Azure-to-Azure Site Recovery Fails – Connection Cannot Be Established

In this post, I’ll explain how to fix the following errors when you attempt to replicate an Azure virtual machine from one Azure Region to another:

Error 151072: Connection cannot be established to Azure Site Recovery service endpoints.


Error 539: The requested action couldn’t be performed by the ‘A2A’ Replication Provider.

The Cause

A2ASR (the abbreviation of the ASR service for Azure VMs) uses an extension (guest OS agent) called the Mobility Service to migrate disk contents from a source virtual machine to a target (secondary) region (or DR site). The Mobility Service is using the networking of the virtual machine to talk the ASR endpoints in the secondary region. That traffic is therefore going over the NIC and virtual network of the VM, and then to the target region via the Azure backbone.

if you have restricted outbound traffic for your virtual machines, then you might have blocked this traffic:

  • Third party firewall appliances
  • Using Network Security Groups (NSGs), as I documented here

The Fix

Woops! Don’t worry, you’ve already created exceptions to allow your virtual machine to boot up. You can create more exceptions to allow the virtual machines to talk to the ASR endpoints (see the below screenshot). Let’s imagine that I am replicating from North Europe to West Europe.



I’ll need at least one set of rules, enabling outbound traffic from my VNet/NICs in the source region, North Europe, to the two IP addresses of the target region, West Europe.

I will also have to enable inbound traffic from my target region, West Europe, to my destination region, North Europe. Why? Isn’t all my traffic going from North Europe to West Europe? That’s true – now. But if you failover to West Europe, you will need to reverse replication afterwards, so you might as well get things right now.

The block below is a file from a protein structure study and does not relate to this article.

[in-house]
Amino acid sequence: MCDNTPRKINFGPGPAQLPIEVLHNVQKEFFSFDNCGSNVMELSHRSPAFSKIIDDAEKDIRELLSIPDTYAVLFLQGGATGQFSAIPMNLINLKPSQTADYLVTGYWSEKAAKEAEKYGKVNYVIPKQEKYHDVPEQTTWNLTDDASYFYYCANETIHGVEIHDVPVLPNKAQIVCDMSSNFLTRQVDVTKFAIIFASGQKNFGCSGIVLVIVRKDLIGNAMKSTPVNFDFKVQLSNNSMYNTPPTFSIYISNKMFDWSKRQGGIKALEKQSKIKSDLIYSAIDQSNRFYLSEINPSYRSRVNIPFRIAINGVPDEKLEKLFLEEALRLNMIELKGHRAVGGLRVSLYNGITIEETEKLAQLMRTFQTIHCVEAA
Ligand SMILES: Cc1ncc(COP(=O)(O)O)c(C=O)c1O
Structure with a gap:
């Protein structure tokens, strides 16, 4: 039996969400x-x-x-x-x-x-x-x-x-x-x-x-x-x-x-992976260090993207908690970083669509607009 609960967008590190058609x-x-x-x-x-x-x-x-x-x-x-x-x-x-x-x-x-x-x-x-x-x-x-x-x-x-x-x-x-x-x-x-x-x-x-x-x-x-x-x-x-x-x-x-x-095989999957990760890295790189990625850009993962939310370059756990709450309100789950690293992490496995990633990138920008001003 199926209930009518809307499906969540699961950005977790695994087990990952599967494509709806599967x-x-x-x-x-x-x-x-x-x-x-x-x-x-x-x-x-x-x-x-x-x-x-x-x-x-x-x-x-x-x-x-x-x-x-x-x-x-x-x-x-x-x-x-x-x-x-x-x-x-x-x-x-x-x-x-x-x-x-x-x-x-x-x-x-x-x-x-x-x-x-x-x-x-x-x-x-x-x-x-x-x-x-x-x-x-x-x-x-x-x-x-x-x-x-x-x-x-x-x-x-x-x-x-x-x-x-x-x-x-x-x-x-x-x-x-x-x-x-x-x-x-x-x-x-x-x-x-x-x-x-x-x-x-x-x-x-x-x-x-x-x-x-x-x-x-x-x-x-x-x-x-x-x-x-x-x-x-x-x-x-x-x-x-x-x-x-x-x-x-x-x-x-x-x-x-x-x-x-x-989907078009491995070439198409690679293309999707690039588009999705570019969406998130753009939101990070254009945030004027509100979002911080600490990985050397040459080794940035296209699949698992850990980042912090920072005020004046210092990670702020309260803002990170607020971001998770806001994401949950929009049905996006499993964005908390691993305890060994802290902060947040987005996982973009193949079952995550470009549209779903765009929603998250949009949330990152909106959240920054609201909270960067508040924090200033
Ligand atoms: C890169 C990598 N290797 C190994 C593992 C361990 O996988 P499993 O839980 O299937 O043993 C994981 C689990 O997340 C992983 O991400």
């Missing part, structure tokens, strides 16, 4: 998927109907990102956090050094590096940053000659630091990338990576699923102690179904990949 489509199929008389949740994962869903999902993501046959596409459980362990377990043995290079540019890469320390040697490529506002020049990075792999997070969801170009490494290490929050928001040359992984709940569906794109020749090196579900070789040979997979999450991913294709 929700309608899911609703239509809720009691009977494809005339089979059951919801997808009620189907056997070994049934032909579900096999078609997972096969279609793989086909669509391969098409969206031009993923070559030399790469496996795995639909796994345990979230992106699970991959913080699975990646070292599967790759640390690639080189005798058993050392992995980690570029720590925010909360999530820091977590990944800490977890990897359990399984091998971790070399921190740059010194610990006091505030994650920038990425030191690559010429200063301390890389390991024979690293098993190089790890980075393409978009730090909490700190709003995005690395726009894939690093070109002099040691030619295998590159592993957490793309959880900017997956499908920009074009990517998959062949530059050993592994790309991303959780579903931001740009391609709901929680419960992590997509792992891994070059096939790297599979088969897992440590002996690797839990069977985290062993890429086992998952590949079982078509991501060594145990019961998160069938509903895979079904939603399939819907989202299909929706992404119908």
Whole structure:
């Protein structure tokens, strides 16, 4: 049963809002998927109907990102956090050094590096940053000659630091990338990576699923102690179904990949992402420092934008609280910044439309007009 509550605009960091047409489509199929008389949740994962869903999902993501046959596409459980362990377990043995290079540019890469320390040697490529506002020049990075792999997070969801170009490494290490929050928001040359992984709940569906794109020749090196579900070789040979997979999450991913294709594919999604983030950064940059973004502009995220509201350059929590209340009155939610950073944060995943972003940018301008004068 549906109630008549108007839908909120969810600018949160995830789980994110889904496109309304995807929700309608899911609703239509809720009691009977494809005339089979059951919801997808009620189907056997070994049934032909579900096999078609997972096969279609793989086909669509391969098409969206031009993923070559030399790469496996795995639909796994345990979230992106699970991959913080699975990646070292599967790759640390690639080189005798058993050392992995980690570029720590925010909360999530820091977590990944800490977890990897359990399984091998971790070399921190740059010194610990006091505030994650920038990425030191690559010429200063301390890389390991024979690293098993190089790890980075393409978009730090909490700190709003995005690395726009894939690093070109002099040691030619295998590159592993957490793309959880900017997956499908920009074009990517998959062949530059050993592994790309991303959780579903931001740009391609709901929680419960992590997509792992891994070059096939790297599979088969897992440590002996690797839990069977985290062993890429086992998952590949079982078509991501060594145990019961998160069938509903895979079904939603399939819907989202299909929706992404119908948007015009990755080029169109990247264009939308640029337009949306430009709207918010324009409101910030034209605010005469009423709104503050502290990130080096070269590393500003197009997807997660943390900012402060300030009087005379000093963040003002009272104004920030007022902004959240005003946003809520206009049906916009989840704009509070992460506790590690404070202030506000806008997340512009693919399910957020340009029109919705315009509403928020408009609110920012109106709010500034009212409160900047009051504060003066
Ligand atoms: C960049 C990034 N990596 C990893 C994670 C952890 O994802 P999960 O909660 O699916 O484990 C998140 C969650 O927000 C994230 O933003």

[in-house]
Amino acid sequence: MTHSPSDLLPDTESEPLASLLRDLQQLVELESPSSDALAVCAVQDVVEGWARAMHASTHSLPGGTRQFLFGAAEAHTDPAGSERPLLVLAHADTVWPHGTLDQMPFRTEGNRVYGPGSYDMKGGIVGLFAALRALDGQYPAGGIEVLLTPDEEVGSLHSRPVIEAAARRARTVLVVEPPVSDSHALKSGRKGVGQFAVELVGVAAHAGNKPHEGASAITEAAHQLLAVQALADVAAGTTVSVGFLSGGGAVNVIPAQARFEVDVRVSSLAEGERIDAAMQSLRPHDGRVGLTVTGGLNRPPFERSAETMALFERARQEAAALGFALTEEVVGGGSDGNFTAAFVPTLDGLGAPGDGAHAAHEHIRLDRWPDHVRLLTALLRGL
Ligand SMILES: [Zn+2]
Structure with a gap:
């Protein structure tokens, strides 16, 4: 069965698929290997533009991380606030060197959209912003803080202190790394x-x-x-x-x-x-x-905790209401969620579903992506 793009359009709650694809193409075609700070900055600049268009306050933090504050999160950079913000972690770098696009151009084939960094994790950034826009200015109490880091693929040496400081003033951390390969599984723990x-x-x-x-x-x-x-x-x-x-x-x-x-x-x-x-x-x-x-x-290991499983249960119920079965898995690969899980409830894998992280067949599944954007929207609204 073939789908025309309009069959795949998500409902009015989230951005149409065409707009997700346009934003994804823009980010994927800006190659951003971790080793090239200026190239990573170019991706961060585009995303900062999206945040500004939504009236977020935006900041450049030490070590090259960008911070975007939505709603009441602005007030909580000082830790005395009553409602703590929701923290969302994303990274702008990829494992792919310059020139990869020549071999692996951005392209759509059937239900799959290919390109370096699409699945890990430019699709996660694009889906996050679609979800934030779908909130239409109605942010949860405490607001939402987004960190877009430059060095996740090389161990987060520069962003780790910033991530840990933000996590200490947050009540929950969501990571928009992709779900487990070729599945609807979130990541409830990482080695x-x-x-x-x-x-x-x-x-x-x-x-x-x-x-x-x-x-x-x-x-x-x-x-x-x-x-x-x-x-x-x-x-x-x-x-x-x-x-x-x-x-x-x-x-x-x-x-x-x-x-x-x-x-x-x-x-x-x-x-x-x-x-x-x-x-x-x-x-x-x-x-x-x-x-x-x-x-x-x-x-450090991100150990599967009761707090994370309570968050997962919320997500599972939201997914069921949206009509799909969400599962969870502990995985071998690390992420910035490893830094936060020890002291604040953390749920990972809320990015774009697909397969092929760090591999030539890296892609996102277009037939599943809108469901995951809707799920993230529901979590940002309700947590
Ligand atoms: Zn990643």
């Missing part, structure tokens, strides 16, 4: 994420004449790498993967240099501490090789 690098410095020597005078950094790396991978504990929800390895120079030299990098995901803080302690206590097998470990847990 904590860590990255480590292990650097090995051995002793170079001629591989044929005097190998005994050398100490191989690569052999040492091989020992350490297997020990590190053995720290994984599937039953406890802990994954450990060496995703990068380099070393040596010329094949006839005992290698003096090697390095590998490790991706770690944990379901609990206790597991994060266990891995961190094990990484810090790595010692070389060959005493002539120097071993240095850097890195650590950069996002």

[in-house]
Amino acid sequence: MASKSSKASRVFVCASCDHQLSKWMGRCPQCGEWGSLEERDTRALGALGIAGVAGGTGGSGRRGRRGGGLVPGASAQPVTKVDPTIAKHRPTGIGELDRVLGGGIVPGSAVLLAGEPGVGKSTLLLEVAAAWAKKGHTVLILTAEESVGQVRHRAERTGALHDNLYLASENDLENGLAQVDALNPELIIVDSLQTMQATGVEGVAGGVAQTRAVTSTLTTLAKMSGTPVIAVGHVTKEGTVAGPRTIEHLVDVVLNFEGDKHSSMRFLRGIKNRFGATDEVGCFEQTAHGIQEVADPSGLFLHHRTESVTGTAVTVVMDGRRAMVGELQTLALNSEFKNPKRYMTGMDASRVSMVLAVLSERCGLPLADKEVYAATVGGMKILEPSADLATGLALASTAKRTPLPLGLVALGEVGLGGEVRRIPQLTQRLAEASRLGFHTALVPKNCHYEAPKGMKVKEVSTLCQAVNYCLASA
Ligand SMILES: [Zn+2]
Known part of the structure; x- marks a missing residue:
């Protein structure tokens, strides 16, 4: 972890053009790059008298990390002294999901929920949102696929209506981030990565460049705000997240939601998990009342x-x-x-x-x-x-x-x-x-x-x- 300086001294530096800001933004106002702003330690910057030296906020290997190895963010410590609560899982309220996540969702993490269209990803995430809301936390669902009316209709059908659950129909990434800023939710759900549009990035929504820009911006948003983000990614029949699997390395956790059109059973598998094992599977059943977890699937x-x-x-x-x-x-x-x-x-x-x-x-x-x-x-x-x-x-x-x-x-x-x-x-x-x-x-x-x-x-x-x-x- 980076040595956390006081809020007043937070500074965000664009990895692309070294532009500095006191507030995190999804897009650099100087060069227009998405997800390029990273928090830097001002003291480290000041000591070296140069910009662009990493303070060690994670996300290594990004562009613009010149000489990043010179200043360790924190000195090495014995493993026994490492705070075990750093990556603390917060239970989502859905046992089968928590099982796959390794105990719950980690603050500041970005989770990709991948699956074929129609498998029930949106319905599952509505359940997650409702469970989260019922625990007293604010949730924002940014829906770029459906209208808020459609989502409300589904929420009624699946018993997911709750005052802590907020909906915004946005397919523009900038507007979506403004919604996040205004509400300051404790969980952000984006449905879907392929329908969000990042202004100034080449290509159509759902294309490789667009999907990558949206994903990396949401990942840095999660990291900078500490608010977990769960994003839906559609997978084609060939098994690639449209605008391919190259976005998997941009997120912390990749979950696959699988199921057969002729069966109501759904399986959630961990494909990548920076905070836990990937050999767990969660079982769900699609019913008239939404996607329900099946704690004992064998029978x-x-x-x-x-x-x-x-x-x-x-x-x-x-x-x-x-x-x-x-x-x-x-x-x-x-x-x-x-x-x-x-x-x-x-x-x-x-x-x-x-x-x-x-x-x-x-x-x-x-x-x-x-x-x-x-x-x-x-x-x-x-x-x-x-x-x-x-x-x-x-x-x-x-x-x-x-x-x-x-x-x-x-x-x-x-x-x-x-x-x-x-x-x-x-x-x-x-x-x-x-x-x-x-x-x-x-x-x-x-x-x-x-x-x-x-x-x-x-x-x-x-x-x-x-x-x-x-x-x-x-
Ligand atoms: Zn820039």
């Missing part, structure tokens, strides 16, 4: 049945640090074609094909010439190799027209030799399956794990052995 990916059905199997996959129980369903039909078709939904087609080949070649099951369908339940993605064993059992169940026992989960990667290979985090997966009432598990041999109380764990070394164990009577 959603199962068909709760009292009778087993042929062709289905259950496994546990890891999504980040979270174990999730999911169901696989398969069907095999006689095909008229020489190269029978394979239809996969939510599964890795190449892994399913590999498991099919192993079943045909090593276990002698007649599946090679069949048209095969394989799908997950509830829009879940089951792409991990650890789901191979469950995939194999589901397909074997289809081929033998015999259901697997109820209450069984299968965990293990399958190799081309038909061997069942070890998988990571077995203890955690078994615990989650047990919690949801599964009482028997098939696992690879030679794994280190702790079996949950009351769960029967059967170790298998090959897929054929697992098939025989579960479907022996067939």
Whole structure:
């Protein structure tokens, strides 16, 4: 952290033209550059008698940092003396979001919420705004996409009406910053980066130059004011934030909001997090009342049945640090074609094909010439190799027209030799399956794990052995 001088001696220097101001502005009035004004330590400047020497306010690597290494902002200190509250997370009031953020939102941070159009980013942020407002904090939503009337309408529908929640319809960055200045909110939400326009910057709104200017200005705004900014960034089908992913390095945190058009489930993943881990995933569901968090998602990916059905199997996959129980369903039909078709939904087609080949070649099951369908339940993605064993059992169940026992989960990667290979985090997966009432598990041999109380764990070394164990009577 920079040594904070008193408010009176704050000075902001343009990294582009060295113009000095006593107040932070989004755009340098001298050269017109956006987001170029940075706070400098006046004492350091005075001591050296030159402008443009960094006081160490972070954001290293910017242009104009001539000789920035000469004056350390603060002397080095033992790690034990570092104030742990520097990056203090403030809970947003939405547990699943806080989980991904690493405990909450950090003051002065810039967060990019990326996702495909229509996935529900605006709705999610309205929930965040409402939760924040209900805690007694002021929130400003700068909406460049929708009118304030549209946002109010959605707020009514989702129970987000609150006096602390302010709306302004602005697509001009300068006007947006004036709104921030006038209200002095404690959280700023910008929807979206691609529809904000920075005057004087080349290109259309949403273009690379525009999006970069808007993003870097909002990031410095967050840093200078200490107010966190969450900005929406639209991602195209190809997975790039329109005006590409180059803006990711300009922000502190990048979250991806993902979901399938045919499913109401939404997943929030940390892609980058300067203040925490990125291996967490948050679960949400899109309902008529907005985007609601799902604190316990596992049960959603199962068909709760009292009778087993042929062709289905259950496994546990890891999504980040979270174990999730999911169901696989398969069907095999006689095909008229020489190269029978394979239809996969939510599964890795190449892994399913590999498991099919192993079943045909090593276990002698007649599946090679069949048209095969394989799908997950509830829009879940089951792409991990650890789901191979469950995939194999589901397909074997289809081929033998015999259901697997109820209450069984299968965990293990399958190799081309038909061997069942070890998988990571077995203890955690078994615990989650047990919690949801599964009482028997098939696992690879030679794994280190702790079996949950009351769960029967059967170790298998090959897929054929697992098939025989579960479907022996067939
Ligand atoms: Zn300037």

A Script

It all looks messy at first. It probably isn’t too bad. But if you’d like to deploy a canned script to update NSGs, you can. Microsoft has shared a script that you can run. You will need a few pieces of information:

  • NSG name
  • NSG resource group name
  • Subscription ID
  • Source region
  • Target region

Run the script (it will prompt you to log in) from source to target, and then reverse the details, treating the target as the source, and vice versa with the NSG(s) in the DR site.

Where’s the Service Tags?

Storage accounts and Azure SQL all have service accounts, but ASR does not. I believe that ASR should have service tags to avoid all of this IP messiness. If you agree, vote here, or forever stay quiet on the subject.

Was This Kind of Information Useful?

If you found this information useful, then imagine what 2 days of training might mean to you. I’m delivering a 2-day course in Amsterdam on April 19-20, teaching newbies and experienced Azure admins about Azure Infrastructure. There’ll be lots of in-depth information, covering the foundations, best practices, troubleshooting, and advanced configurations. You can learn more here.

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